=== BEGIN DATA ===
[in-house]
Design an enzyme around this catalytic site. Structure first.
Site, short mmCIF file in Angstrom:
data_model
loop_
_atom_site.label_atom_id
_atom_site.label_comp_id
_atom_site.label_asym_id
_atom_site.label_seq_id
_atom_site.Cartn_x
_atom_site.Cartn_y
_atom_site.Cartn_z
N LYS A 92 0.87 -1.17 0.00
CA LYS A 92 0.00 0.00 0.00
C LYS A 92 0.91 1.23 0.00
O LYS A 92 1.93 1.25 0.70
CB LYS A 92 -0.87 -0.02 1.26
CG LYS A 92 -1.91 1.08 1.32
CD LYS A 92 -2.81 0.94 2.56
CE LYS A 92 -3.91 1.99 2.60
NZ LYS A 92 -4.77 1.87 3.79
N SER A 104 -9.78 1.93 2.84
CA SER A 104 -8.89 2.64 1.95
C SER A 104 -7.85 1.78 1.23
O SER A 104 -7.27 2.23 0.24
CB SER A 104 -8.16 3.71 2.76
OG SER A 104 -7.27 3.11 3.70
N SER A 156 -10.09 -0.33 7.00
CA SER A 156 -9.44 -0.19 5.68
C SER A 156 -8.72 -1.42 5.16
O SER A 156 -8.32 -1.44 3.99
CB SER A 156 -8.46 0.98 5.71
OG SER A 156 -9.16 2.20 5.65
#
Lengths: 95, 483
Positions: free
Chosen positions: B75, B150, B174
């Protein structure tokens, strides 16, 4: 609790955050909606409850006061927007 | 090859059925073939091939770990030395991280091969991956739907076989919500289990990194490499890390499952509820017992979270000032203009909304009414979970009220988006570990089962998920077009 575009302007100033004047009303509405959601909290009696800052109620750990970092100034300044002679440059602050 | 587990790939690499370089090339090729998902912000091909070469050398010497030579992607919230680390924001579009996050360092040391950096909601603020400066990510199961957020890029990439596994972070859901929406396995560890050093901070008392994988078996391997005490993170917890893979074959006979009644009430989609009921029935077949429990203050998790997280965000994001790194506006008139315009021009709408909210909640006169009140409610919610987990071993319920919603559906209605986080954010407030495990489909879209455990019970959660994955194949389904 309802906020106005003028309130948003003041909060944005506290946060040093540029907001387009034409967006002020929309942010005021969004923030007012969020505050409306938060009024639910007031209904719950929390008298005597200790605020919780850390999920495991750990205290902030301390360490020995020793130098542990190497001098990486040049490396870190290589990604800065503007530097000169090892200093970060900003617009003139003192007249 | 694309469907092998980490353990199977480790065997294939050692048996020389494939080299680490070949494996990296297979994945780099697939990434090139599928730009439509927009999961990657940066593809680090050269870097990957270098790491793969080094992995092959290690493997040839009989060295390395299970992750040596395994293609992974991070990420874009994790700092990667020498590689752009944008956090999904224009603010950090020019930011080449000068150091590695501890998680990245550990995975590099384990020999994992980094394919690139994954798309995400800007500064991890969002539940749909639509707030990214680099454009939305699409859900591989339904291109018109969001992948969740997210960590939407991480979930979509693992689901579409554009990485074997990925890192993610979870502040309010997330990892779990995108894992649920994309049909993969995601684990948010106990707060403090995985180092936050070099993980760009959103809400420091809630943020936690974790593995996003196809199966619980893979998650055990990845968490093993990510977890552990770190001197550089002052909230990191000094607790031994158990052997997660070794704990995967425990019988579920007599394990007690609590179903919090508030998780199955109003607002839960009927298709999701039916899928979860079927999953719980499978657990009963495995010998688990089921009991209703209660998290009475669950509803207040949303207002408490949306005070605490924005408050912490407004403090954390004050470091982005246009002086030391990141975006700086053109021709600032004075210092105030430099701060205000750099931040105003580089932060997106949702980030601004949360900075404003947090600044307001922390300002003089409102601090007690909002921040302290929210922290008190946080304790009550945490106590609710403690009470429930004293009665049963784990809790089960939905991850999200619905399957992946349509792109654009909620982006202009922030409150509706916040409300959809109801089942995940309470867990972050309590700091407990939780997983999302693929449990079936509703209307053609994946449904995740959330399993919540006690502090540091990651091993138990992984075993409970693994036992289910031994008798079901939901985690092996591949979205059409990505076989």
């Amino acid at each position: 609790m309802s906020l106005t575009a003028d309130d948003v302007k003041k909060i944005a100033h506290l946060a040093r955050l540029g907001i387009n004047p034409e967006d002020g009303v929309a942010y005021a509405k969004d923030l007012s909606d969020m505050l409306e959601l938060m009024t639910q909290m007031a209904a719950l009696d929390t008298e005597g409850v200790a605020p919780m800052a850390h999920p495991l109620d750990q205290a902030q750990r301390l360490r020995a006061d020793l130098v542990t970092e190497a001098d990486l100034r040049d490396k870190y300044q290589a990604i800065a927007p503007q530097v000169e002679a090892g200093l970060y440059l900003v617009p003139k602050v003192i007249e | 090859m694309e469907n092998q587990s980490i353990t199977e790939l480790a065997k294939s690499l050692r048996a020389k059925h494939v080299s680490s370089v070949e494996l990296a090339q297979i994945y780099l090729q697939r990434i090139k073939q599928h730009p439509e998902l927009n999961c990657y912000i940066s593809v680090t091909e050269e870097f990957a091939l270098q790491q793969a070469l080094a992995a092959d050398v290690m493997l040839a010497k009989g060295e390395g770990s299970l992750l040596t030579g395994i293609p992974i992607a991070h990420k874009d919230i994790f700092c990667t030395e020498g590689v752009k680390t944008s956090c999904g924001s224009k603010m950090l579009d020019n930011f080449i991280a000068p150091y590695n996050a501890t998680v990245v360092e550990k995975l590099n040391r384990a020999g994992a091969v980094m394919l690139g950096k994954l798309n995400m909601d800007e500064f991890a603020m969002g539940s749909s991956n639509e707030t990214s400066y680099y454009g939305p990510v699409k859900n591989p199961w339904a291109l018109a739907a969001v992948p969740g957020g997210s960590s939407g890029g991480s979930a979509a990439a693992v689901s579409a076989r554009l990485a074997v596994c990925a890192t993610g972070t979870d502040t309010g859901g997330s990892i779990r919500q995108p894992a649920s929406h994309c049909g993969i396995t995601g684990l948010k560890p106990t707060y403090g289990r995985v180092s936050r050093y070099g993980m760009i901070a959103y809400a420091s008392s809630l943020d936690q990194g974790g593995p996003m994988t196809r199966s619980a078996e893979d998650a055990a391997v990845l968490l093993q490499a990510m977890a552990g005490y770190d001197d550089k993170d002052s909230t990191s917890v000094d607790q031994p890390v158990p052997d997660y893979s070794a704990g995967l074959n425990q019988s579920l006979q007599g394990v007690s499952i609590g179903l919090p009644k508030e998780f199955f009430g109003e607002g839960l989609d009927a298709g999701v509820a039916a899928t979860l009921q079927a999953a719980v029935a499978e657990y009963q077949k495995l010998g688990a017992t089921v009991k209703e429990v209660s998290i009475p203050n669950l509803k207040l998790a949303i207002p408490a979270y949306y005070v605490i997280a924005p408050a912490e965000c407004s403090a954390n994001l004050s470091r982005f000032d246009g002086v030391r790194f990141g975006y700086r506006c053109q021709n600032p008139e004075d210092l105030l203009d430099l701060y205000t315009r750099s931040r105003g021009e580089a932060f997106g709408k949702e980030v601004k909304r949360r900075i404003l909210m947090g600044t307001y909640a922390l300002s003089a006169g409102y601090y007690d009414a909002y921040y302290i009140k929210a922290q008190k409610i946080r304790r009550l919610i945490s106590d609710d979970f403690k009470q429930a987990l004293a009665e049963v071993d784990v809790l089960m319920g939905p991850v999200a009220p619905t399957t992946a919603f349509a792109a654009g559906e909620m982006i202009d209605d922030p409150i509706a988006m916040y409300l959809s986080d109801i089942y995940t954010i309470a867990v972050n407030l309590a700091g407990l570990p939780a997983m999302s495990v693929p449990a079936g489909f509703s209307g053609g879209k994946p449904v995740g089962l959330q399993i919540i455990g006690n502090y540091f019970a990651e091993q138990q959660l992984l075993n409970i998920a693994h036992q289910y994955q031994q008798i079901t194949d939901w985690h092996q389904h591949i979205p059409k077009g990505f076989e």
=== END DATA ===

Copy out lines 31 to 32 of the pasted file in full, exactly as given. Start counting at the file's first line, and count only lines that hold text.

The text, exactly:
O SER A 156 -8.32 -1.44 3.99
CB SER A 156 -8.46 0.98 5.71